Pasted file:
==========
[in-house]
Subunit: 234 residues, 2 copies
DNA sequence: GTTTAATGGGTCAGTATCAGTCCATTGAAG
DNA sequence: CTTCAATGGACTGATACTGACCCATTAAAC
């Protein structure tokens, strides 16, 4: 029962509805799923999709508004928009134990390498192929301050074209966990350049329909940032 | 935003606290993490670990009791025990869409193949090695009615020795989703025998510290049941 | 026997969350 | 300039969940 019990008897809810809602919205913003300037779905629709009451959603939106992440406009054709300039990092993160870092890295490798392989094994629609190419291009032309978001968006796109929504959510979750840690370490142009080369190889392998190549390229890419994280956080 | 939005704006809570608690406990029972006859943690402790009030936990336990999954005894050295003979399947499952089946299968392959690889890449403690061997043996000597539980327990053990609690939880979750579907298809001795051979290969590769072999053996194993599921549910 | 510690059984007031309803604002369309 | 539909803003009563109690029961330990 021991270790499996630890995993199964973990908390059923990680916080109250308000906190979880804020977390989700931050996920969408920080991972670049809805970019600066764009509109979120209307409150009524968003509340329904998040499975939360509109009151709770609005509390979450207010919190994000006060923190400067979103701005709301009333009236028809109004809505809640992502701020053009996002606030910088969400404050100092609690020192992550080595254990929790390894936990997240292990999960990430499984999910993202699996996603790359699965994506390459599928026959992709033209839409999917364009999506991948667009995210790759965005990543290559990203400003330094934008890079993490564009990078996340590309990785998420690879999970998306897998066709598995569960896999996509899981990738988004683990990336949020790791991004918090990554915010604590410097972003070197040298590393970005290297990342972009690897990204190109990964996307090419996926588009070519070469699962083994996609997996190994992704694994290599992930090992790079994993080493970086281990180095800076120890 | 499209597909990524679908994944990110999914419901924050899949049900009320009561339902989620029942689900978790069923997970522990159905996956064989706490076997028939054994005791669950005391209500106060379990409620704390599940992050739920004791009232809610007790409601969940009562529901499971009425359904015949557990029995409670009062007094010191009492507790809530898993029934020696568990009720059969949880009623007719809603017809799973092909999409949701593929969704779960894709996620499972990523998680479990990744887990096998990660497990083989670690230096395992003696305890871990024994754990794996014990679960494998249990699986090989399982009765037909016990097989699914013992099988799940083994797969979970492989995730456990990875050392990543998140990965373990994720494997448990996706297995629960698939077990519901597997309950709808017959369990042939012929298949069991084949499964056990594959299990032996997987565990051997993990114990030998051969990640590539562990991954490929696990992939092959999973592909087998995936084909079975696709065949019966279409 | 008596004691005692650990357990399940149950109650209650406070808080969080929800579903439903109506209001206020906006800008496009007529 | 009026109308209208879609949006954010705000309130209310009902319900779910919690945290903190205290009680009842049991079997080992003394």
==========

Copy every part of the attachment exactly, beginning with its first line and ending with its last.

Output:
[in-house]
Subunit: 234 residues, 2 copies
DNA sequence: GTTTAATGGGTCAGTATCAGTCCATTGAAG
DNA sequence: CTTCAATGGACTGATACTGACCCATTAAAC
């Protein structure tokens, strides 16, 4: 029962509805799923999709508004928009134990390498192929301050074209966990350049329909940032 | 935003606290993490670990009791025990869409193949090695009615020795989703025998510290049941 | 026997969350 | 300039969940 019990008897809810809602919205913003300037779905629709009451959603939106992440406009054709300039990092993160870092890295490798392989094994629609190419291009032309978001968006796109929504959510979750840690370490142009080369190889392998190549390229890419994280956080 | 939005704006809570608690406990029972006859943690402790009030936990336990999954005894050295003979399947499952089946299968392959690889890449403690061997043996000597539980327990053990609690939880979750579907298809001795051979290969590769072999053996194993599921549910 | 510690059984007031309803604002369309 | 539909803003009563109690029961330990 021991270790499996630890995993199964973990908390059923990680916080109250308000906190979880804020977390989700931050996920969408920080991972670049809805970019600066764009509109979120209307409150009524968003509340329904998040499975939360509109009151709770609005509390979450207010919190994000006060923190400067979103701005709301009333009236028809109004809505809640992502701020053009996002606030910088969400404050100092609690020192992550080595254990929790390894936990997240292990999960990430499984999910993202699996996603790359699965994506390459599928026959992709033209839409999917364009999506991948667009995210790759965005990543290559990203400003330094934008890079993490564009990078996340590309990785998420690879999970998306897998066709598995569960896999996509899981990738988004683990990336949020790791991004918090990554915010604590410097972003070197040298590393970005290297990342972009690897990204190109990964996307090419996926588009070519070469699962083994996609997996190994992704694994290599992930090992790079994993080493970086281990180095800076120890 | 499209597909990524679908994944990110999914419901924050899949049900009320009561339902989620029942689900978790069923997970522990159905996956064989706490076997028939054994005791669950005391209500106060379990409620704390599940992050739920004791009232809610007790409601969940009562529901499971009425359904015949557990029995409670009062007094010191009492507790809530898993029934020696568990009720059969949880009623007719809603017809799973092909999409949701593929969704779960894709996620499972990523998680479990990744887990096998990660497990083989670690230096395992003696305890871990024994754990794996014990679960494998249990699986090989399982009765037909016990097989699914013992099988799940083994797969979970492989995730456990990875050392990543998140990965373990994720494997448990996706297995629960698939077990519901597997309950709808017959369990042939012929298949069991084949499964056990594959299990032996997987565990051997993990114990030998051969990640590539562990991954490929696990992939092959999973592909087998995936084909079975696709065949019966279409 | 008596004691005692650990357990399940149950109650209650406070808080969080929800579903439903109506209001206020906006800008496009007529 | 009026109308209208879609949006954010705000309130209310009902319900779910919690945290903190205290009680009842049991079997080992003394």